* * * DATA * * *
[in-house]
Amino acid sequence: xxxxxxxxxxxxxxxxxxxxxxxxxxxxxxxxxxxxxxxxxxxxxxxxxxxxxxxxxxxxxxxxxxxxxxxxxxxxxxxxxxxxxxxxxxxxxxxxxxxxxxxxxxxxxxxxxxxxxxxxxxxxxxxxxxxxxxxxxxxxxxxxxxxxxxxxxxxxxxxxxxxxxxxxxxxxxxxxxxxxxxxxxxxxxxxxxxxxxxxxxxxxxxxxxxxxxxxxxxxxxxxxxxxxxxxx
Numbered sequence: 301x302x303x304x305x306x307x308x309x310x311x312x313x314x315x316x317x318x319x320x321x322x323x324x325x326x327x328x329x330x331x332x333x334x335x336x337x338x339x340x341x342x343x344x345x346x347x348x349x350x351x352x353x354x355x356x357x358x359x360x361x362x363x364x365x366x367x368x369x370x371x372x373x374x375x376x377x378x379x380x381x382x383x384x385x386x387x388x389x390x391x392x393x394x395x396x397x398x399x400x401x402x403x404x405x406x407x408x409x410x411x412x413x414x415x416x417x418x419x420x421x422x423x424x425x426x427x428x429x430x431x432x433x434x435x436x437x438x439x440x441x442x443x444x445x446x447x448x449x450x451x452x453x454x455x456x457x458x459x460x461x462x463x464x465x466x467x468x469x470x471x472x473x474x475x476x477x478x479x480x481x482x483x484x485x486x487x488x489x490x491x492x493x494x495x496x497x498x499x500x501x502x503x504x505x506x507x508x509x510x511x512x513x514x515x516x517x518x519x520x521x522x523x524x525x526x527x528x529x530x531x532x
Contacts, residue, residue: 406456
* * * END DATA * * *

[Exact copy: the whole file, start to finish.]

[in-house]
Amino acid sequence: xxxxxxxxxxxxxxxxxxxxxxxxxxxxxxxxxxxxxxxxxxxxxxxxxxxxxxxxxxxxxxxxxxxxxxxxxxxxxxxxxxxxxxxxxxxxxxxxxxxxxxxxxxxxxxxxxxxxxxxxxxxxxxxxxxxxxxxxxxxxxxxxxxxxxxxxxxxxxxxxxxxxxxxxxxxxxxxxxxxxxxxxxxxxxxxxxxxxxxxxxxxxxxxxxxxxxxxxxxxxxxxxxxxxxxxx
Numbered sequence: 301x302x303x304x305x306x307x308x309x310x311x312x313x314x315x316x317x318x319x320x321x322x323x324x325x326x327x328x329x330x331x332x333x334x335x336x337x338x339x340x341x342x343x344x345x346x347x348x349x350x351x352x353x354x355x356x357x358x359x360x361x362x363x364x365x366x367x368x369x370x371x372x373x374x375x376x377x378x379x380x381x382x383x384x385x386x387x388x389x390x391x392x393x394x395x396x397x398x399x400x401x402x403x404x405x406x407x408x409x410x411x412x413x414x415x416x417x418x419x420x421x422x423x424x425x426x427x428x429x430x431x432x433x434x435x436x437x438x439x440x441x442x443x444x445x446x447x448x449x450x451x452x453x454x455x456x457x458x459x460x461x462x463x464x465x466x467x468x469x470x471x472x473x474x475x476x477x478x479x480x481x482x483x484x485x486x487x488x489x490x491x492x493x494x495x496x497x498x499x500x501x502x503x504x505x506x507x508x509x510x511x512x513x514x515x516x517x518x519x520x521x522x523x524x525x526x527x528x529x530x531x532x
Contacts, residue, residue: 406456